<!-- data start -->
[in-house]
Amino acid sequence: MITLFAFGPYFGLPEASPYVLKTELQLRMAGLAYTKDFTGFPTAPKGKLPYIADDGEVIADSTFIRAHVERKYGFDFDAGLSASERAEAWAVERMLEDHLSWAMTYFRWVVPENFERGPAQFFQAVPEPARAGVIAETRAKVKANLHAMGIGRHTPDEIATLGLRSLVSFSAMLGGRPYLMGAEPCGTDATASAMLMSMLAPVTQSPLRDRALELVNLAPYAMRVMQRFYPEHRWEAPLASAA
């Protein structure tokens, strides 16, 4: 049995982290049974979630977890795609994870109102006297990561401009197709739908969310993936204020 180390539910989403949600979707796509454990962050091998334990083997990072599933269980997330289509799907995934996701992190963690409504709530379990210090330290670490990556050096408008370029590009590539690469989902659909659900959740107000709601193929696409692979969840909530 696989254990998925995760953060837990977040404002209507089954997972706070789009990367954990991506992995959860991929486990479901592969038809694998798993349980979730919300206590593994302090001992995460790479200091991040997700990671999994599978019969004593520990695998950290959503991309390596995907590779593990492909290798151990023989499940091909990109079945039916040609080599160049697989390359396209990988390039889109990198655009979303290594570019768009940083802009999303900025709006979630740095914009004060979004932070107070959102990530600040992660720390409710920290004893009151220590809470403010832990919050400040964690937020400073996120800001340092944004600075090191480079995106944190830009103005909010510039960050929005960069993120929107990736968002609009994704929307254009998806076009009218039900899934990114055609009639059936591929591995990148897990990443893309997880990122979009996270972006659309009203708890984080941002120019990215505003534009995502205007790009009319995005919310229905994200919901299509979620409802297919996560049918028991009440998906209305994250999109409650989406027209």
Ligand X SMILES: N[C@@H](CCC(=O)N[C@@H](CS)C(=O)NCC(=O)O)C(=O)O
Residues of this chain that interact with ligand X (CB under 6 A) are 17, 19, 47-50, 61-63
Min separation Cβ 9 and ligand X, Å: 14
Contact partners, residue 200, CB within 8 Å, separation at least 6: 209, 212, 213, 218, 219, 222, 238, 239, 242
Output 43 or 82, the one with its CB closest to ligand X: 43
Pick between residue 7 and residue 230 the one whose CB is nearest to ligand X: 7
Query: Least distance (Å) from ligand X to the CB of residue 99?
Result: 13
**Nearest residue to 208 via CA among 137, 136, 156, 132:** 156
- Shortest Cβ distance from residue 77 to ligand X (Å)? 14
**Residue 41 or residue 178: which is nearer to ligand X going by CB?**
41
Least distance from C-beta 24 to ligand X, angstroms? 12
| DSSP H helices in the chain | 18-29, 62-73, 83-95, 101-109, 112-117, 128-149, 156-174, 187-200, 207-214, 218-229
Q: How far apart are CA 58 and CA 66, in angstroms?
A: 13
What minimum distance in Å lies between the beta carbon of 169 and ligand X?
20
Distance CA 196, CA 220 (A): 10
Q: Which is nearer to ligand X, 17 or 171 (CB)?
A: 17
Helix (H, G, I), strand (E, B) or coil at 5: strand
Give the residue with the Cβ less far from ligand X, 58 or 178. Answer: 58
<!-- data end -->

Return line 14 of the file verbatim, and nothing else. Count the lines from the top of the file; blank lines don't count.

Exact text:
**Residue 41 or residue 178: which is nearer to ligand X going by CB?**